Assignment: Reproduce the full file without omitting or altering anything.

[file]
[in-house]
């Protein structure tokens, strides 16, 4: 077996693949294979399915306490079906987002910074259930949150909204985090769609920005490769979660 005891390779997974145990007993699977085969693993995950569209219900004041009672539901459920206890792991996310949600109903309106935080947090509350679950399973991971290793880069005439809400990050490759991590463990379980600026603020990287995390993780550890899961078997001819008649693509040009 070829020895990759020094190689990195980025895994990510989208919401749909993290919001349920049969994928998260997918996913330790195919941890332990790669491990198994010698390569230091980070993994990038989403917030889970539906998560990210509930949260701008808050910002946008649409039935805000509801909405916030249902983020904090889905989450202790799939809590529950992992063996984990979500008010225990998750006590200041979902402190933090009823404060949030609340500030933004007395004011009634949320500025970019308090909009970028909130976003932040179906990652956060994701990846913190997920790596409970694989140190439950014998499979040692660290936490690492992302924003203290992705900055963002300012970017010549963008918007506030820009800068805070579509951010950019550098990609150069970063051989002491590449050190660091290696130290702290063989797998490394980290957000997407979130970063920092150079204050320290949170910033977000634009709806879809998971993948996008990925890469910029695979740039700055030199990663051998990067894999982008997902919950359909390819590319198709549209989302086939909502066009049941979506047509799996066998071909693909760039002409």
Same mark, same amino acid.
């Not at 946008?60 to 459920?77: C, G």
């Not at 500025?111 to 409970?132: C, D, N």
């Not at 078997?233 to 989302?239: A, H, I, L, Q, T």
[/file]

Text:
[in-house]
């Protein structure tokens, strides 16, 4: 077996693949294979399915306490079906987002910074259930949150909204985090769609920005490769979660 005891390779997974145990007993699977085969693993995950569209219900004041009672539901459920206890792991996310949600109903309106935080947090509350679950399973991971290793880069005439809400990050490759991590463990379980600026603020990287995390993780550890899961078997001819008649693509040009 070829020895990759020094190689990195980025895994990510989208919401749909993290919001349920049969994928998260997918996913330790195919941890332990790669491990198994010698390569230091980070993994990038989403917030889970539906998560990210509930949260701008808050910002946008649409039935805000509801909405916030249902983020904090889905989450202790799939809590529950992992063996984990979500008010225990998750006590200041979902402190933090009823404060949030609340500030933004007395004011009634949320500025970019308090909009970028909130976003932040179906990652956060994701990846913190997920790596409970694989140190439950014998499979040692660290936490690492992302924003203290992705900055963002300012970017010549963008918007506030820009800068805070579509951010950019550098990609150069970063051989002491590449050190660091290696130290702290063989797998490394980290957000997407979130970063920092150079204050320290949170910033977000634009709806879809998971993948996008990925890469910029695979740039700055030199990663051998990067894999982008997902919950359909390819590319198709549209989302086939909502066009049941979506047509799996066998071909693909760039002409």
Same mark, same amino acid.
């Not at 946008?60 to 459920?77: C, G």
């Not at 500025?111 to 409970?132: C, D, N």
């Not at 078997?233 to 989302?239: A, H, I, L, Q, T």